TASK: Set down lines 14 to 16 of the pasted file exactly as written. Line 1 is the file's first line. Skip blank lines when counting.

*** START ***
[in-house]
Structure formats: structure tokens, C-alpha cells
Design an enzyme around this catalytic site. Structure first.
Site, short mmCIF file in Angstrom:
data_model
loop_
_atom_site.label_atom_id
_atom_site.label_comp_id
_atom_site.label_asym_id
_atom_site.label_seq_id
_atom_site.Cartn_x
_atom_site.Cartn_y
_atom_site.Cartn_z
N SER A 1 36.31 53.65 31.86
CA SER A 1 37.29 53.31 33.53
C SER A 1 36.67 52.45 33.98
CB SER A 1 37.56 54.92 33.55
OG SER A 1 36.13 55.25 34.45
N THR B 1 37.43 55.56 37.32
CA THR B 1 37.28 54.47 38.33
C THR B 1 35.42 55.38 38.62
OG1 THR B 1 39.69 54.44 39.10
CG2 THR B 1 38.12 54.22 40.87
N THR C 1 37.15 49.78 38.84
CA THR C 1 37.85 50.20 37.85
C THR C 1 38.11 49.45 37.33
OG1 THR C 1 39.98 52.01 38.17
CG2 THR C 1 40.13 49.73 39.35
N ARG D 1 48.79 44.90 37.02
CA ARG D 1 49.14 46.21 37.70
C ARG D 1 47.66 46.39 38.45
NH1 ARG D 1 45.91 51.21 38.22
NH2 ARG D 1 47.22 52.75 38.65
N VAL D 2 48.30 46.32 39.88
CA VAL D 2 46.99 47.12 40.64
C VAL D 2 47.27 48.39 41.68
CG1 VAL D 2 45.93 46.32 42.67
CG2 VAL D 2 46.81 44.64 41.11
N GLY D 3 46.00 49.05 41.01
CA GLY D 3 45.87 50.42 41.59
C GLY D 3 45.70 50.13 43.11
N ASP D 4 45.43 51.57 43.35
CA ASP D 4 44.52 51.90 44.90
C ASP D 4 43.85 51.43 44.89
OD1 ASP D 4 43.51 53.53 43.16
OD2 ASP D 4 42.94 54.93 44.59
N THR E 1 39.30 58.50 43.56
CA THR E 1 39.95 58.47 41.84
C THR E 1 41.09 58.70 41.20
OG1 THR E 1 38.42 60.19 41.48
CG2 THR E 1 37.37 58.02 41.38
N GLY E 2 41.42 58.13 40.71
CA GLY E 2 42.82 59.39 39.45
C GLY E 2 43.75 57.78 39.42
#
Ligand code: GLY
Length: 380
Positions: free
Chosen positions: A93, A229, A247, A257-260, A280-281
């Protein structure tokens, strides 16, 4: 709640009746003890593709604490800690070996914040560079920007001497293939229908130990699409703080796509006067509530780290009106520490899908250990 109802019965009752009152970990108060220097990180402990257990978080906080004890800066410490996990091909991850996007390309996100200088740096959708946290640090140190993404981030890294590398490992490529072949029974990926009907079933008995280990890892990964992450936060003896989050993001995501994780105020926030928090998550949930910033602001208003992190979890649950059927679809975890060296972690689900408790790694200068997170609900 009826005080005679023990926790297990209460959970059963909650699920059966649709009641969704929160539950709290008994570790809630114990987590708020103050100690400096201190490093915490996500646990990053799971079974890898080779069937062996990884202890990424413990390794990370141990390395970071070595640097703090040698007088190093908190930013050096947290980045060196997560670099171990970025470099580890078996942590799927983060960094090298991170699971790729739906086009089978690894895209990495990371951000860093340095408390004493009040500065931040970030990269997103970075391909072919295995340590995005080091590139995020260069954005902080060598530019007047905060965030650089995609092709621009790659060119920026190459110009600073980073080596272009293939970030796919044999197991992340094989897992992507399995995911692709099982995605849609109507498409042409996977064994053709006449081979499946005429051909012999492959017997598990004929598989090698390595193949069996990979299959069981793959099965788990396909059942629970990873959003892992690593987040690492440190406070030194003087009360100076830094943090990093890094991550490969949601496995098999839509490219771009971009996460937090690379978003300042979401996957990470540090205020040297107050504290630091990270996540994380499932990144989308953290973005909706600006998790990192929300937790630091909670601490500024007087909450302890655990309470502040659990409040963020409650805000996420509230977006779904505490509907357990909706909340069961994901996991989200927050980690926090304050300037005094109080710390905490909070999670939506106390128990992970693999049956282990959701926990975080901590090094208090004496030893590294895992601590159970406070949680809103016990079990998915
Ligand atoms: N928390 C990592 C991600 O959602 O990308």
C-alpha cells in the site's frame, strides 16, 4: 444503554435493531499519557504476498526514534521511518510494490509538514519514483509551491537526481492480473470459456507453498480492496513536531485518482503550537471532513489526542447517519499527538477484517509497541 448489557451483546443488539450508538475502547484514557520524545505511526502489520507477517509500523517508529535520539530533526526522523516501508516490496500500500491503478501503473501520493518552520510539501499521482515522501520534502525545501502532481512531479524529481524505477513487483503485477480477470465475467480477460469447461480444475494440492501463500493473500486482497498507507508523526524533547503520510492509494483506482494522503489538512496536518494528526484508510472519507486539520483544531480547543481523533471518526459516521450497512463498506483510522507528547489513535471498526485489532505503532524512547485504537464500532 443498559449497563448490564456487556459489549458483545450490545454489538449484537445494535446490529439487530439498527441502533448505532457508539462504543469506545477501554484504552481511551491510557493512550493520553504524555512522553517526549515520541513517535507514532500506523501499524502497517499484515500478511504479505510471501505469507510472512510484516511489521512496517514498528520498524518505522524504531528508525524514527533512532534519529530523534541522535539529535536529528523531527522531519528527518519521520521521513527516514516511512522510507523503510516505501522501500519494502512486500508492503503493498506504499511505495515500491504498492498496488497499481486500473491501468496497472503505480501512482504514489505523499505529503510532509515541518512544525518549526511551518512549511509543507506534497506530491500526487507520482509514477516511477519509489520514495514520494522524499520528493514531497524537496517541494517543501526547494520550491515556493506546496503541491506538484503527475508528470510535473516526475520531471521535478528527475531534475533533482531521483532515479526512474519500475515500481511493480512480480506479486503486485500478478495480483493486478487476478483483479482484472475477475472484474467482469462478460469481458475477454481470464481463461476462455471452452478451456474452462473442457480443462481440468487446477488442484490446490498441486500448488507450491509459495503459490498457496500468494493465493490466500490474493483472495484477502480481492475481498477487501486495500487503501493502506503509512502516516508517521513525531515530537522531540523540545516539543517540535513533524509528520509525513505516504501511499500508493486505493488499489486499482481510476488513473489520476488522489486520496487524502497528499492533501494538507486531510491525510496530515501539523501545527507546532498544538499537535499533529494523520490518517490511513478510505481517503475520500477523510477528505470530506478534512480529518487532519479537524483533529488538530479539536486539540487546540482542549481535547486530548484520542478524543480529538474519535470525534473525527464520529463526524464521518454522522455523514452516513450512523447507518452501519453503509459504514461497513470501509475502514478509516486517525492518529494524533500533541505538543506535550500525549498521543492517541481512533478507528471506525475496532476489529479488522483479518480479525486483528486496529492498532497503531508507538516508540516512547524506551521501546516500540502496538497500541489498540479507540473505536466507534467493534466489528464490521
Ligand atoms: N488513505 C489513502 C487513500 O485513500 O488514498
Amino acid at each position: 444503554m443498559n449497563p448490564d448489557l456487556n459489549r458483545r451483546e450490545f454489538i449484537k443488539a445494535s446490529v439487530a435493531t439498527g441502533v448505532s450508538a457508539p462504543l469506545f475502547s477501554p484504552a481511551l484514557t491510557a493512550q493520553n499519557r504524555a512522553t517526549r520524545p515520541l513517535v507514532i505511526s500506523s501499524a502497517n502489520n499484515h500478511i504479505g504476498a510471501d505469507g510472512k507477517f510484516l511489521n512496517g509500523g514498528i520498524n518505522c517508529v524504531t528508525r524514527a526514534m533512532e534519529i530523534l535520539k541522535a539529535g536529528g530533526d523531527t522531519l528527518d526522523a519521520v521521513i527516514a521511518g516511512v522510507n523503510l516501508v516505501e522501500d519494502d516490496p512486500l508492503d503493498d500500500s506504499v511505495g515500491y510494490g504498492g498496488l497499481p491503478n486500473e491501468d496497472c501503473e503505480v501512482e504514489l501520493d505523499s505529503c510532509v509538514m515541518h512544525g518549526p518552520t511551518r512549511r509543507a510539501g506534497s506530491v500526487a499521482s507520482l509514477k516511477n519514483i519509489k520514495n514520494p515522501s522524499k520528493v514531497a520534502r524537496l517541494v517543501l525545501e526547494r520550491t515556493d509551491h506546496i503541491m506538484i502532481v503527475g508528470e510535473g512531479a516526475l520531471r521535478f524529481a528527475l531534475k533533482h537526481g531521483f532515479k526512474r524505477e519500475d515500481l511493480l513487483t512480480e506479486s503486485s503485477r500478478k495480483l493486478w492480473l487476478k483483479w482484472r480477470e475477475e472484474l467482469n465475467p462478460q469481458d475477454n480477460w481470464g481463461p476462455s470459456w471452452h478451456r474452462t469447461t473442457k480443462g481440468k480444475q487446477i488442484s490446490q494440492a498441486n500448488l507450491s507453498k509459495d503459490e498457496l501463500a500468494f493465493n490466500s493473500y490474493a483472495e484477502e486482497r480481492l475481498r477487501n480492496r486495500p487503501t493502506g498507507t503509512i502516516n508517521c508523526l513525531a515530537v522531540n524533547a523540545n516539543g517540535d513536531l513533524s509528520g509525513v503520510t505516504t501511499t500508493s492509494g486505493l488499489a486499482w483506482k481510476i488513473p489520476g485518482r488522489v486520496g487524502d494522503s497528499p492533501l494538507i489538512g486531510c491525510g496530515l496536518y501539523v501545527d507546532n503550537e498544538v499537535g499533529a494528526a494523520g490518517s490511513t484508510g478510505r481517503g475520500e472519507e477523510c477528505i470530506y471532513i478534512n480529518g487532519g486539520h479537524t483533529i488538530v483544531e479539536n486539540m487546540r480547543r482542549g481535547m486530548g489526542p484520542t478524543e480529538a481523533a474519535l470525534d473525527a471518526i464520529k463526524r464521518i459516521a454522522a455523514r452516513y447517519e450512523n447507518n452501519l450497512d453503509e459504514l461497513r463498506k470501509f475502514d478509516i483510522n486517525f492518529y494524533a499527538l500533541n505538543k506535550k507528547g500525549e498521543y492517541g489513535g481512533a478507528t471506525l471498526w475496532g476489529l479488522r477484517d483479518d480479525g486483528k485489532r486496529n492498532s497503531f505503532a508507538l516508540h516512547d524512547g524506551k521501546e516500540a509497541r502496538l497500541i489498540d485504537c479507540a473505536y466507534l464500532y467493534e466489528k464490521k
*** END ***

N SER A 1 36.31 53.65 31.86
CA SER A 1 37.29 53.31 33.53
C SER A 1 36.67 52.45 33.98